By Jason Leach
Published November 23, 2009
I'm sure Richard Florida would get a chuckle out of reading letters to the editor from Hamiltonians telling him to get a "reality check" on issues pertaining to urban revitalization and public design.
After all, Hamilton is clearly the envy of urban centres all over the world. If it ain't broke, don't fix it - right?
I could understand taking some so-called expert advice if we had a sub-par downtown and our city streets weren't filled with people shopping, dining and entertaining at all hours of the day.
Tell the huge lineup of international companies clamouring to locate their offices here that we should make changes to how our city functions and develops.
We've already blown past Montreal and have Toronto in our sights as cities that we're leaving behind in the 21st Century economy. Things have never been better in Hamilton!
Reality check, you say?
By Really? (registered) | Posted November 23, 2009 at 12:37:00
Blatant Obvious Typical Spectator 'Controversy-Stirring' Sales Attempts.
The comment is so rediculously ignorant, there's no other explination as to why it would be published.
I say ignore and move on...
By alrathbone (registered) | Posted November 23, 2009 at 13:22:28
I suggest a new strategy. Ignore the ignorance, and speak directly to those people who actually think about the issues.
Arguing with someone like this letter writer will not win battles, but making the case to intelligent individuals, even those who don't currently agree with us, is more likely to be successful.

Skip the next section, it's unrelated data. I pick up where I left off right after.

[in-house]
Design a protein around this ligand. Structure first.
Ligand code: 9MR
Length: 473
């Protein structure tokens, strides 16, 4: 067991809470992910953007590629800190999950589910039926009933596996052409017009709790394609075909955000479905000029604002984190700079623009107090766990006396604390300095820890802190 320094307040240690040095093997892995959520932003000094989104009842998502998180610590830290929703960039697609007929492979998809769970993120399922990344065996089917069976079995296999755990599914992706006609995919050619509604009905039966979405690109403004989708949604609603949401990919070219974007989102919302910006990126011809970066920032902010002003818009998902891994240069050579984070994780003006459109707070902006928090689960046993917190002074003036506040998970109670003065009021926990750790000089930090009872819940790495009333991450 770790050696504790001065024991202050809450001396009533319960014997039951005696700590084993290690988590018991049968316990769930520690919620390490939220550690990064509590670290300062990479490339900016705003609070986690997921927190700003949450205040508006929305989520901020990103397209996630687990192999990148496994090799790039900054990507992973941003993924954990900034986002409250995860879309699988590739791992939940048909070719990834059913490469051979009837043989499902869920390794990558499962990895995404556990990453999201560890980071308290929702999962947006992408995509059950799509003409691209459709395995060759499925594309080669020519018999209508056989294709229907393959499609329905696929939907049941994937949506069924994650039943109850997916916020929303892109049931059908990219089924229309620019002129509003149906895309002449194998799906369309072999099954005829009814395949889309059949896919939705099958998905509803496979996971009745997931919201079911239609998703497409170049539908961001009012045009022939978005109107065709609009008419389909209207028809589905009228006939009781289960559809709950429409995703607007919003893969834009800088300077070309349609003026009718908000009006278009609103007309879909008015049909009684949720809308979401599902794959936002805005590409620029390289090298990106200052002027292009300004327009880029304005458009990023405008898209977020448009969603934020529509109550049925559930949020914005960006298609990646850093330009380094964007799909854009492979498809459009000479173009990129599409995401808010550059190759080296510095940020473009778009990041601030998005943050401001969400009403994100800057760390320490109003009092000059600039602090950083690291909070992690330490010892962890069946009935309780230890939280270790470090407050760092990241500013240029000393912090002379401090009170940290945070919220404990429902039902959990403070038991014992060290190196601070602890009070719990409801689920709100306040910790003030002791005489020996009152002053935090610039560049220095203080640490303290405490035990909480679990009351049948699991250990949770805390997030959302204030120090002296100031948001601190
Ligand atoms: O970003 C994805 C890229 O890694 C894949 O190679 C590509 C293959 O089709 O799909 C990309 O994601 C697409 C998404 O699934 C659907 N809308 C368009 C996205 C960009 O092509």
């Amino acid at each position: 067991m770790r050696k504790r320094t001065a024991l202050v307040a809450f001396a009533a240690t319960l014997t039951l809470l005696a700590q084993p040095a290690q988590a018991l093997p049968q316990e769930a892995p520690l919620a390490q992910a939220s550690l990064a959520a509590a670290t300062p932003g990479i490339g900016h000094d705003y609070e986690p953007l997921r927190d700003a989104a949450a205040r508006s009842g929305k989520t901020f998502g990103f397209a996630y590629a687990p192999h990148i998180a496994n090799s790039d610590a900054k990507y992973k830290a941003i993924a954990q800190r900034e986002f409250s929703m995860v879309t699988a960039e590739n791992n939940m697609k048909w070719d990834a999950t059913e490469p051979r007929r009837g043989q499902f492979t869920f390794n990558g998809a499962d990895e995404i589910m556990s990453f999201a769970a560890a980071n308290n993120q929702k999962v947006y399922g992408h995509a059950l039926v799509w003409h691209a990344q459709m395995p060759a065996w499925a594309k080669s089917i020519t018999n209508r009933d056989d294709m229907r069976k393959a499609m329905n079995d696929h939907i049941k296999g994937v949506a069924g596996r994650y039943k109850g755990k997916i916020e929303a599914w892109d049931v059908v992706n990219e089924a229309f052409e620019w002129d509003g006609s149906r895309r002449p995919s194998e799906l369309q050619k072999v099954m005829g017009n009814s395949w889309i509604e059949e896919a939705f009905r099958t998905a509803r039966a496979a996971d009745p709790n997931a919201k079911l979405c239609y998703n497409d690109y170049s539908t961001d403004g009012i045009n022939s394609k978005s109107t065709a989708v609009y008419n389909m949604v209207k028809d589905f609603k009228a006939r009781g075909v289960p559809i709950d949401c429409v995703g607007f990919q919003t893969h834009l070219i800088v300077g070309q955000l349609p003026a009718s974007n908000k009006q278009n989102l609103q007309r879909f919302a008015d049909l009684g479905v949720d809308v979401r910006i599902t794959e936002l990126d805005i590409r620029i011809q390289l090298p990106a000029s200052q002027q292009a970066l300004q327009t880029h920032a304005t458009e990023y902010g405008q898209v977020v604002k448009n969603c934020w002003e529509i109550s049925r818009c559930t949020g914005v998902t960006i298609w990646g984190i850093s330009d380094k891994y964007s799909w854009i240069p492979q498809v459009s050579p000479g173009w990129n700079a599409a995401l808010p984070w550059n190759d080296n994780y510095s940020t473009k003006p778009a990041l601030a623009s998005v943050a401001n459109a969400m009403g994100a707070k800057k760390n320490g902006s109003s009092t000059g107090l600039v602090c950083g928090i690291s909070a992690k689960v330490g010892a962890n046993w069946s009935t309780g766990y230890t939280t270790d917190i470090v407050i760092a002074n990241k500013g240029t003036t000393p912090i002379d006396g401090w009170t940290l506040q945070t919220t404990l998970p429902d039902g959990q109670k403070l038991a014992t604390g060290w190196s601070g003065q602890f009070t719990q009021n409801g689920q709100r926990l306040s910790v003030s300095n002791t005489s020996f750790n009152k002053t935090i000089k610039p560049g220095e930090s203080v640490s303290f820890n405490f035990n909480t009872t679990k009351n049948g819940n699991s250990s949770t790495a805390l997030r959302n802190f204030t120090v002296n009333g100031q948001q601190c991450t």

Witness the conversion of Lloyd Ferguson to the LRT plan.
Some people just will be negative and oppose everything and dignifying their rantings with a response only validates them.
By jason (registered) | Posted November 23, 2009 at 15:57:13
great points alrathbone and really?
I guess I couldn't help myself. Hamilton is so lackluster and far behind in it's urban streets and design, I find it stunning when someone sends in a letter suggesting we maintain the status quo, as if that should even be an option here. Either they've never traveled beyond Sherman/Barton and James Barton in their entire lives or........ you fill in the blanks.
By Really? (registered) | Posted November 23, 2009 at 16:16:10
Well, seeing as one of the OpEds was from a Grimsby resident who a) Doesn't live in Hamilton, and/or b) Has NEVER lived in Hamilton, it just goes to show how serious The Spec is about creating a serious, educated debate over Stadium Location.
Instead of wasting time griping about Spec OpEds, I agree we should all be talking with Friends, Colleagues & Family as to where they would like the Stadium and why. Give them some ideas, allow them to think, and they'll likely continue the debate with their friends/family/colleagues. It's a big issue that affects us all; no matter if you're a TiCat fan or not, you know what Oskee Wee Wee means! People care about this issue!